Managing Your Fleet
One year later: How have income-based speeding fines impacted business fleets?
6 min read
11 June 2018
Using an average weekly salary, RAM Tracking has been able to model different estimated fines to work out which industries the new speeding regulations affected most.
The minimum penalty for speeding on UK roads is a £100 fine and the deduction of three licence points. The fine usually comes in the post with photographic evidence and drivers will have a set number of days to respond.
If a driver has been caught speeding before or has broken the laws of the road, their licence may already have existing points on it. If it reaches nine points, drivers will most likely attend court regardless of what speed they were driving at when caught.
For SMEs especially, the cost of a driver being off the road can really affect the ability to meet customer needs.
On April 24th 2017, the new fine system came into play. Previously, there was a set fine for the amount that was over the limit. The new system calculates a fine based on speed and now, income. This stricter enforcement means offenders can be fined nearly up to 175% of weekly income, depending on how severe the offence was. Its severity is based on three different bands:
- Band A – 1-10mph over the limit
- Band B – 11-21mph over the limit
- Band C – 21mph and over the limit
With Band C being the worst, it carries the highest fine of around 125-175% of a weekly wage.
Why is thinking about speeding so important?
Research by Green Flag has shown that in the last five years, speeding offences have increased by 44%. Our own research showed something as simple as the clocks going forward has had an effect on speed. For example, the roads around Liverpool saw an increase of +2.2% when our clocks went forward.
It might sound a small figure, it’s important to remember even the slightest increase or decrease can cause traffic build-up, which in turn creates a higher probability of an accident and usually worse driving decisions. Ensuring SMEs uphold a duty of care surrounding employees who are on the road for business purposes is important.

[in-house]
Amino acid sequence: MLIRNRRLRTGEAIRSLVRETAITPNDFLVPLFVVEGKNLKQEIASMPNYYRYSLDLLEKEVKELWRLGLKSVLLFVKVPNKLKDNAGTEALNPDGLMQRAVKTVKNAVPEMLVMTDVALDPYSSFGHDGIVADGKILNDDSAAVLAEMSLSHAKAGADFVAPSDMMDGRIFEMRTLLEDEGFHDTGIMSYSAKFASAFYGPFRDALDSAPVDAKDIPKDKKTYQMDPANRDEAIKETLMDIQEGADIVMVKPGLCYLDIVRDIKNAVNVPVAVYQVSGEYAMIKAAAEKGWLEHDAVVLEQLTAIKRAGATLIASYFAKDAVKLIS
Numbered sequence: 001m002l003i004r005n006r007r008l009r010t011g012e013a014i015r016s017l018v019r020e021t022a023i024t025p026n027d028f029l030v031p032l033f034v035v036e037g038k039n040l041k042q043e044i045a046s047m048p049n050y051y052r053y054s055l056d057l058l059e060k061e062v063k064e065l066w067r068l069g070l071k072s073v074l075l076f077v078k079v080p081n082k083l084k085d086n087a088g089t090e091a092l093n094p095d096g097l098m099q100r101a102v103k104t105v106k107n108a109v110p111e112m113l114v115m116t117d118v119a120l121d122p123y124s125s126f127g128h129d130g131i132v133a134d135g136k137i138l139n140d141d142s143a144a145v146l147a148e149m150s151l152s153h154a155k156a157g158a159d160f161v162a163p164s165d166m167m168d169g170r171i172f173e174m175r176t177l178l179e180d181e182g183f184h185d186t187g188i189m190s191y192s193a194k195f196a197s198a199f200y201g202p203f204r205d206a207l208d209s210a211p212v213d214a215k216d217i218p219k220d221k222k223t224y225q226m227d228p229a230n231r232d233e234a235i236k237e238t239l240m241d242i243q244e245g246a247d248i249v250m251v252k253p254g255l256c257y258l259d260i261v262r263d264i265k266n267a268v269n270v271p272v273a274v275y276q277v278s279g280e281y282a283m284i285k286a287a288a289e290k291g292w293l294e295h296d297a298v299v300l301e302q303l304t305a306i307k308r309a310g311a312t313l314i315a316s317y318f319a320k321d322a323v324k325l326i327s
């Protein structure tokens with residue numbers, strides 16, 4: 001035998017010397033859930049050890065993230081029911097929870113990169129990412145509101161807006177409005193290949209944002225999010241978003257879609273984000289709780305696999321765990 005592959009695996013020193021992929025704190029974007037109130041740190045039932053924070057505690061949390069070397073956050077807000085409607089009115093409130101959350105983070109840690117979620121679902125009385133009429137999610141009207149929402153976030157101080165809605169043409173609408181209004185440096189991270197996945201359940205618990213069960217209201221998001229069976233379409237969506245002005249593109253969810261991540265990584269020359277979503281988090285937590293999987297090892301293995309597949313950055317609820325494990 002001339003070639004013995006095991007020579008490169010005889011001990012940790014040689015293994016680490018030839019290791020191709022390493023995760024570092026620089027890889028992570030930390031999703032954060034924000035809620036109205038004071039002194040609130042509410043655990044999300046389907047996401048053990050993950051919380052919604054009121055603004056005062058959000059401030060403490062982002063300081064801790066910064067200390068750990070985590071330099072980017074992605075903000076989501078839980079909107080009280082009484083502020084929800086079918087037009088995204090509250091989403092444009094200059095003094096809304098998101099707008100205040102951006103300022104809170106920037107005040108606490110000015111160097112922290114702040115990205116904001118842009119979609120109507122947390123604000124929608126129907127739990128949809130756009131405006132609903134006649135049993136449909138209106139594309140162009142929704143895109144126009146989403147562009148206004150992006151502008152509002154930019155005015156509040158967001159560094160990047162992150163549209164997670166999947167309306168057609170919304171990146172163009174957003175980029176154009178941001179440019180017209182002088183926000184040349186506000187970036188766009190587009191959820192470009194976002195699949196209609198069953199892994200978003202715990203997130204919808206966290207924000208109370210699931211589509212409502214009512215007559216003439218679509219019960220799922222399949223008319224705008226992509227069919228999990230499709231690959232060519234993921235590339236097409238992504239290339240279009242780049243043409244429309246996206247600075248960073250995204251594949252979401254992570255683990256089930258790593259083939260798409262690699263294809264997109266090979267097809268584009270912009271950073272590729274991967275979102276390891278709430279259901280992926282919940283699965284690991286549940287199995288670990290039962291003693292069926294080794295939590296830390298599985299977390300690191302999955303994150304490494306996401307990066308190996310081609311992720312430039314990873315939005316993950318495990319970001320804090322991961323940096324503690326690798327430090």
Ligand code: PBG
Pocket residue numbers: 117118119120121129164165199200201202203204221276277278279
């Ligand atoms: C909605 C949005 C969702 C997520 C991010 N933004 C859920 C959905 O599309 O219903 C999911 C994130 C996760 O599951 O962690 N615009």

How does this affect those who use vehicles for business?
The change to the speeding fine calculation influences SMEs the most, as not only can the fine be detrimental to short-term cashflow but the additional points can hurt overheads.
Penalty points can contribute to increased insurance premiums and in some cases, a collection of 12 penalty points may see disqualification. For trades that rely on a relatively small fleet of vehicles, such a decision could be enough to wipe out business.
With this in mind, we’ve made a speeding calculator based on various occupations to see who is worse of. This included plumbers, electricians, couriers, maintenance engineers, builders, HGV drivers, sales reps and landscapers.
Who has been hit the worst?
With a higher than average salary, building firms will be hurt hardest by the fine system. Our calculator estimated that a Band C offence could end up costing over £1,080. Furthermore, if a small building firm faced the maximum of a 56 day disqualification, it could end up losing £8,075 as it could no longer work due to a lack of vehicle.
Bad news for plumbing and electrician-focused firms
Offenders who happen to be from plumbing or electrician focused small firms are also likely to be hard hit. A B and C offence will see a fine in excess of £910 and £930 respectively as well as multiple licence points. A fine of this size could prove to be real hammer blow to the bottom line and severely disrupt business.
What about companies that have a fleet of drivers?
For larger SMEs that employ drivers for fleet such as maintenance engineers and couriers, the fines can start as low as £200 and go as high as £940. As previously mentioned, whilst the fine does go directly to the driver, the business may also be punished if insurance premiums for business usage increase.
While larger SMEs obviously have a larger cashflow, this is still a flashpoint that needs to be avoided if a business is to remain agile and able to respond to customers efficiently. A disqualification is also likely to cause disruption to the business and in some cases, there will be a need to employ a new driver whilst the offender is “out of action”.
What can businesses do about speeding?
Whilst constant training and education is the best route to deterring speeding, unfortunately, other measures are often required. Just because a driver isn’t getting caught, doesn’t mean that it should be allowed or encouraged. Speeding laws don’t just protect drivers, but the vehicles themselves.
Accidents caused by speeding are not just traumatic but also extremely costly to the vehicle owner.
Chris McClellan is CEO at RAM Tracking